Collecting zombies: a more challenging
hobby than collecting butterflies.
Shaun (Simon Pegg) has problems. Hes British. Hes 29 years old. He works as a low level manager at an electronics store. His girlfriend thinks he lacks the romantic soul that she desires in a man, and his flatmates dont get along.
Oh, and the recently dead have come back to life to devour the living.
Trying to predict the box office success of a film that crosses genres as Shaun of the Dead does is always dicey. Will horror film fans embrace it for its use of the zombie subgenre as the theater for a romantic comedy? Will the followers of the Working Title studio (the British film house that produces off-kilter love stories like The Tall Guy and Four Weddings and a Funeral) see past the facade of decaying flesh to the smartly humorous boy-woos-girl story beneath? The picture caters to both sets of viewers while subtly mocking them at the same time in ways we think they'll appreciate, should they be persuaded to purchase tickets in the first place.
A few too many hours spent
with Warcraft III.
The picture should be an easier sell to the horror buffs, as the title, trailer, and poster all feature the movie's undead aspects prominently. Those viewers will instantly recognize Ed (Nick Frost), rotund best friend to the titular Shaun, as one of their own: a video-game addicted layabout whose interests lie in things electronic, entertaining, and, well chemical. Liz (Kate Ashfield), Shaun's girlfriend, wants more time with Shaun outside of Ed's favorite pub. Shaun, recognizing the imminent retreat of his love life, honestly tries to accommodate her. The complicated facets of our hero's haphazard life, however including his clingy mother (Penelope Wilton), her taciturn second husband (Bill Nighy, who previously turned in a fair performance as one of the living dead in Love, Actually), and the fact that Shaun himself is a creature of habit -- work against him to drive a extra-pointy wedge right down the middle of the relationship.
"Oh thank God. I thought Coupling
might have been on."
At this point in a review of a zombie movie, one might be tempted to say "then things get really bad." They do, of course flesh-eating zombies quickly become the dominant inhabitants of Shaun's little town, and he finds himself fighting for his life alongside friends and family but the zombie plot exists alongside the basic conflict between Shaun, his slovenly best friend, and Shaun's erstwhile girlfriend. Shaun of the Dead isnt the first zombie movie to try to incorporate a bit of sweet romance; Peter Jacksons Braindead (a.k.a. Dead Alive) did it back in 1992. Braindead overwhelmed the amour (and indeed any plot at all) with a torrent of mind-boggling gore, but Shaun of the Dead balances treacle and butchery while avoiding the camp that could have ruined the picture easily.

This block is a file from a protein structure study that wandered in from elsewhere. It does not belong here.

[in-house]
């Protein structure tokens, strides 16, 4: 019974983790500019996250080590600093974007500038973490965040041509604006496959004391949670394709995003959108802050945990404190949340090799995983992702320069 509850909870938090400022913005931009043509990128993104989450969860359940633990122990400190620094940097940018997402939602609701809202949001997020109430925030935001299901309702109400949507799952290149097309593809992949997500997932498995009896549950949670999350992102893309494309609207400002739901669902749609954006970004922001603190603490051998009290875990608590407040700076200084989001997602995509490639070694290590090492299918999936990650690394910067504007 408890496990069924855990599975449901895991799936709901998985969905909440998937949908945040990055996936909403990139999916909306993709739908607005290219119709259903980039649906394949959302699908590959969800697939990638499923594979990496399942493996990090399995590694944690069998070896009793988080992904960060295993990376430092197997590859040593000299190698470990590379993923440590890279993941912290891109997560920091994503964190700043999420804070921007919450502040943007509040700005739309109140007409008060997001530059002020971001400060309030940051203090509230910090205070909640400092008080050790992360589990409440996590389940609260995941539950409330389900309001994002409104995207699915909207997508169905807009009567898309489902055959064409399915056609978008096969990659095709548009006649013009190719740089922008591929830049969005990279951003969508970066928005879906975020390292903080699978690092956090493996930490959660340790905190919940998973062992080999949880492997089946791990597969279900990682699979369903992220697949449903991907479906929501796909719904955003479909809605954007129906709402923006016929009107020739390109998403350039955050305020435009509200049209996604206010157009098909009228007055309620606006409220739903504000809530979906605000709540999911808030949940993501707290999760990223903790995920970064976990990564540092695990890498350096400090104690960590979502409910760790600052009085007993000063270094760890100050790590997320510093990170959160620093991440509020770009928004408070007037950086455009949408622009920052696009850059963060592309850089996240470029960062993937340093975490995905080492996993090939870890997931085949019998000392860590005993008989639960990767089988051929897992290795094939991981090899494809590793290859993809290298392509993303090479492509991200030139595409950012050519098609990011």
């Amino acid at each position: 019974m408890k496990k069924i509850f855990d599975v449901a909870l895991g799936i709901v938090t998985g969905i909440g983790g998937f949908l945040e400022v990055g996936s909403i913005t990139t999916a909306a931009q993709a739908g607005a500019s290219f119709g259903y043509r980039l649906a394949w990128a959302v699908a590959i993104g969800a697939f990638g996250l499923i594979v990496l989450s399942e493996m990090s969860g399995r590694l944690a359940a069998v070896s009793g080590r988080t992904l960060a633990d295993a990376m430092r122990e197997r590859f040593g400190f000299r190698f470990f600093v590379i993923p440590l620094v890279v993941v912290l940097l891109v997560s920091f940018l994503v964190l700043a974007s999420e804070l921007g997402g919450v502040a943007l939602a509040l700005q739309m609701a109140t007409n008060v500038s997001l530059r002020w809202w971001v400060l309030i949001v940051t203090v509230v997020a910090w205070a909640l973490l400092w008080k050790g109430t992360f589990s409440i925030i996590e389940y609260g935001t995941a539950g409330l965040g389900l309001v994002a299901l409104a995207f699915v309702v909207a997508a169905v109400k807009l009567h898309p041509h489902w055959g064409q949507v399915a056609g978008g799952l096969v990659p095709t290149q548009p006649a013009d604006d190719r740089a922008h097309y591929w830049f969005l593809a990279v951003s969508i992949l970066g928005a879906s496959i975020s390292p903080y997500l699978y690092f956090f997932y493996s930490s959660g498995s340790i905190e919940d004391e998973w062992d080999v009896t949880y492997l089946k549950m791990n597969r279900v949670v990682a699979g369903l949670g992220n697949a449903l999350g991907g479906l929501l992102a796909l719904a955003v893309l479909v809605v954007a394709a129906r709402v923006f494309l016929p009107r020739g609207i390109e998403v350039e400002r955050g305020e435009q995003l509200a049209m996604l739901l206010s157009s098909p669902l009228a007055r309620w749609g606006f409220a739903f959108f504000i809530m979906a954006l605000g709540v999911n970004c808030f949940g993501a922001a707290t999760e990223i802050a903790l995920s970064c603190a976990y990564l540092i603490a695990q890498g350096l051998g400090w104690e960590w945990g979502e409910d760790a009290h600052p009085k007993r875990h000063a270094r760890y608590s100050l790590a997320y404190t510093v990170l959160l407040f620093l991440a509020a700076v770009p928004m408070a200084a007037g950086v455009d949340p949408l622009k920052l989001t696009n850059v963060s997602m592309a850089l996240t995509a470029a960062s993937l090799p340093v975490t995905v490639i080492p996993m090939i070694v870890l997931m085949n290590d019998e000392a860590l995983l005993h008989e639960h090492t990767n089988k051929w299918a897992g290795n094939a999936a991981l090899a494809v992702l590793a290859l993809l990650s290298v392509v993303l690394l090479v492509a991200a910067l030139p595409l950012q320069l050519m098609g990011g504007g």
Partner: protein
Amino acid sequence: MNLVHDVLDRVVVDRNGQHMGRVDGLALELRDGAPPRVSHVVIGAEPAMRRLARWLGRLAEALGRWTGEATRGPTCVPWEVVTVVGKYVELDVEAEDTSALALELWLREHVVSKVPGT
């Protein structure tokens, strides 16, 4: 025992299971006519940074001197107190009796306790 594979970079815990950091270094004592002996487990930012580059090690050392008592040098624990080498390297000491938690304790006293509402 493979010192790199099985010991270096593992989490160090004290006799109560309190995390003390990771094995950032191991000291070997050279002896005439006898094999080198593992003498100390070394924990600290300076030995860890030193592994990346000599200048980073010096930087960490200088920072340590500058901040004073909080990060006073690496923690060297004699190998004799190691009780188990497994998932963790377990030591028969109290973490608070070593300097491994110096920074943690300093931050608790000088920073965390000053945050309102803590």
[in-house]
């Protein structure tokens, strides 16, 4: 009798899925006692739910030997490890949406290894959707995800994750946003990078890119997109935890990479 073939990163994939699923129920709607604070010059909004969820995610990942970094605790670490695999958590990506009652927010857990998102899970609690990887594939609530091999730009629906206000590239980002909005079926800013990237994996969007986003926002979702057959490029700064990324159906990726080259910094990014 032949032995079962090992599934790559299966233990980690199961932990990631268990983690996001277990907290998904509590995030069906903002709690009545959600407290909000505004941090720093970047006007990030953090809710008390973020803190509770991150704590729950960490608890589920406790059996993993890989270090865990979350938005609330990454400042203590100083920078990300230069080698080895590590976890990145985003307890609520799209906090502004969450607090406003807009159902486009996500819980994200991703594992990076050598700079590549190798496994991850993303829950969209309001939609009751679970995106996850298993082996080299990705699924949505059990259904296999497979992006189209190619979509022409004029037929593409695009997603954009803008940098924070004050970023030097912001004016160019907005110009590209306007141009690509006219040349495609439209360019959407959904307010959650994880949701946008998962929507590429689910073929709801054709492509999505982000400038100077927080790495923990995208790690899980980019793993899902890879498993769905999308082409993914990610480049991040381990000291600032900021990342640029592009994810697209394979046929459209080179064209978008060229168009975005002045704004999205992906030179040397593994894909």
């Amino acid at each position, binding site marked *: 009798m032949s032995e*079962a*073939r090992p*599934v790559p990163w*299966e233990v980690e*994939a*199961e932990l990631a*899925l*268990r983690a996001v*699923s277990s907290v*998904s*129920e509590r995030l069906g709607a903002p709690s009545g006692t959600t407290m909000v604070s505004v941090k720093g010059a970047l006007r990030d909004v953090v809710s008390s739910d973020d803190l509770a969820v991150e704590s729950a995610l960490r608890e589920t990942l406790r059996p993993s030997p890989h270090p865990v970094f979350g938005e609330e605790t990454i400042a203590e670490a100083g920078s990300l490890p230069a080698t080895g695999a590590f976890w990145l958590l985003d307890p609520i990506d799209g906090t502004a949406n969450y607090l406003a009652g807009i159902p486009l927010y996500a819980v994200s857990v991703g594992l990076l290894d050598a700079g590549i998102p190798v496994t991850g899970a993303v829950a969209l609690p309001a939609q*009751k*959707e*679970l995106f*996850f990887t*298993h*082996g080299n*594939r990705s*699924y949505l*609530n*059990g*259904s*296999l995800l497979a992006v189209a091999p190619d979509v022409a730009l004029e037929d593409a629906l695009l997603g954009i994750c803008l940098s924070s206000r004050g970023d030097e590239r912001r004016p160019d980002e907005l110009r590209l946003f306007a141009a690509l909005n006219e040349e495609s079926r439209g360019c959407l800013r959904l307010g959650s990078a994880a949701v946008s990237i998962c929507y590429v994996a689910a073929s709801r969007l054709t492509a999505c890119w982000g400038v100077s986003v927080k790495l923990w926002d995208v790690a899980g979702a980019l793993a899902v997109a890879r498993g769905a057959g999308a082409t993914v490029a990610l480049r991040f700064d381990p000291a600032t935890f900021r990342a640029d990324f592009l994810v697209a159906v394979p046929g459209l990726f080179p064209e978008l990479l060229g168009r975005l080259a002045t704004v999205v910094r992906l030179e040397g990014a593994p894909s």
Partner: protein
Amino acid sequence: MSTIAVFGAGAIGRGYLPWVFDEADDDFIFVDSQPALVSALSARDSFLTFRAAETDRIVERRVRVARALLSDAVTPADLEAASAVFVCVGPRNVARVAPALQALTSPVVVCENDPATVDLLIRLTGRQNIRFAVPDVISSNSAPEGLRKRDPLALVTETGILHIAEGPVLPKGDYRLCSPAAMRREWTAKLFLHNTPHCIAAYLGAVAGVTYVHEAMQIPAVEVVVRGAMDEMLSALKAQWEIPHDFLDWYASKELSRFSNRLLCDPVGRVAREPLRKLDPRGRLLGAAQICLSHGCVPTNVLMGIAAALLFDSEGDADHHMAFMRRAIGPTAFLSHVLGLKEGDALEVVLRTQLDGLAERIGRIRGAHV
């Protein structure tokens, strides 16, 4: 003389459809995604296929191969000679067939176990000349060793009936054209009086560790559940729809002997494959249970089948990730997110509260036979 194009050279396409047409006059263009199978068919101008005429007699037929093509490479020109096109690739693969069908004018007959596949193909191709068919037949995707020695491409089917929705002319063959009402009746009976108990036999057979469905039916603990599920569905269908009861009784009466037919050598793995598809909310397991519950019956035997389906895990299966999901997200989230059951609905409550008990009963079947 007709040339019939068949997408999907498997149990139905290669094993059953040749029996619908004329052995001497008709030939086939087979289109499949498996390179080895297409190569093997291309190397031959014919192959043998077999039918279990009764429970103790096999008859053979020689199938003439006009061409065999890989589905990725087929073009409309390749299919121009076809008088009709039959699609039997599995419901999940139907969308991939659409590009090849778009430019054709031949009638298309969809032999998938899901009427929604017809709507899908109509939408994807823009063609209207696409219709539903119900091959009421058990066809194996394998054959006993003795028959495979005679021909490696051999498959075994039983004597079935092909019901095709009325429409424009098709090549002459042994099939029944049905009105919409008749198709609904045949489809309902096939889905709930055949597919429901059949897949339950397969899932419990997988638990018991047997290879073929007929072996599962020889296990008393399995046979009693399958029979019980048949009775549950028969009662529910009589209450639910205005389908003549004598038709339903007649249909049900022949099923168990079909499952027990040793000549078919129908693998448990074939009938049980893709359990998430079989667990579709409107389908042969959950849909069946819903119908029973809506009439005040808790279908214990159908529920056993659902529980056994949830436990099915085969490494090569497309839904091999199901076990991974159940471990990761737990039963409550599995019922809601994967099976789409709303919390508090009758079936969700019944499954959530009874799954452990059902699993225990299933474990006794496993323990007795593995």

"Important dart safety tip:
stand behind the line
during your opponent's turn."
As a zombie movie, Shaun of the Dead doesnt break any new ground from above or below. Look to films like 28 Days Later for new spins on the walking dead, because Shaun and his friends inhabit an amalgam of zombie cinemas greatest hits. The crisis that causes the zombification of the recently dead is never explained, though a radio report mentions a space probe making an early entry into the atmosphere, as in Night of the Living Dead (1968). There are sieges and blue-faced crowds as in Dawn of the Dead, and there is even a particularly juicy death taken from Day of the Dead. The cinematography, complete with sudden jarring zooms and cuts, will take some back to the day they first saw Army of Darkness. This is where the Zombie Army will be most satisfied; most if not all of the grandpappy revenant flicks are given their due.
Please refrain from any
"boom stick" references.
Fans of British-made film and television won't be disappointed either. There's Nighy of course, and Liz's friend Dianne (Lucy Davis) is instantly recognizable from the BBC hit series The Office. Dianne's boyfriend David is played by Dylan Moran, who held the role of the wonderfully surly bookshop proprietor from Black's Books and was also Rufus the Thief in Notting Hill. (Moran's Books co-star Tasmin Greig makes a brief cameo as well.) Pegg and Frost were prominent players in the British TV series Spaced, which was directed by Edgar Wright, the co-writer and director of Shaun of the Dead. Yes, it's a small country with an incestuous film industry, but they always seem to have a leg up on the rest of the world when it comes to character-driven motion pictures. Why else would American networks keep adapting their TV shows so slavishly? The fact that they can even work in a musical number with choreographed pool-cue blows to a zombie's skull further speaks to the superiority of the British cinematic mind. (We figure their cooking is the trade-off.)
What made us smile most of all, however, was the efficient (one might say British) way the film reminds the audience that this is really a story about one man and the kind of person he wants to be. Pegg and Wright know that the thrill in watching a hero succeed is inversely proportional to the height of his starting point in the story. Accordingly, they've set Shaun's starting point pretty darn low. It's not always clear that he's meant to succeed (his wisdom seems to come mostly from beer coasters), but it's a pleasure to watch him struggle against the zombie hordes towards the sort of life he wants for himself and for Liz. If only he didn't find Ed's fart jokes so hilarious.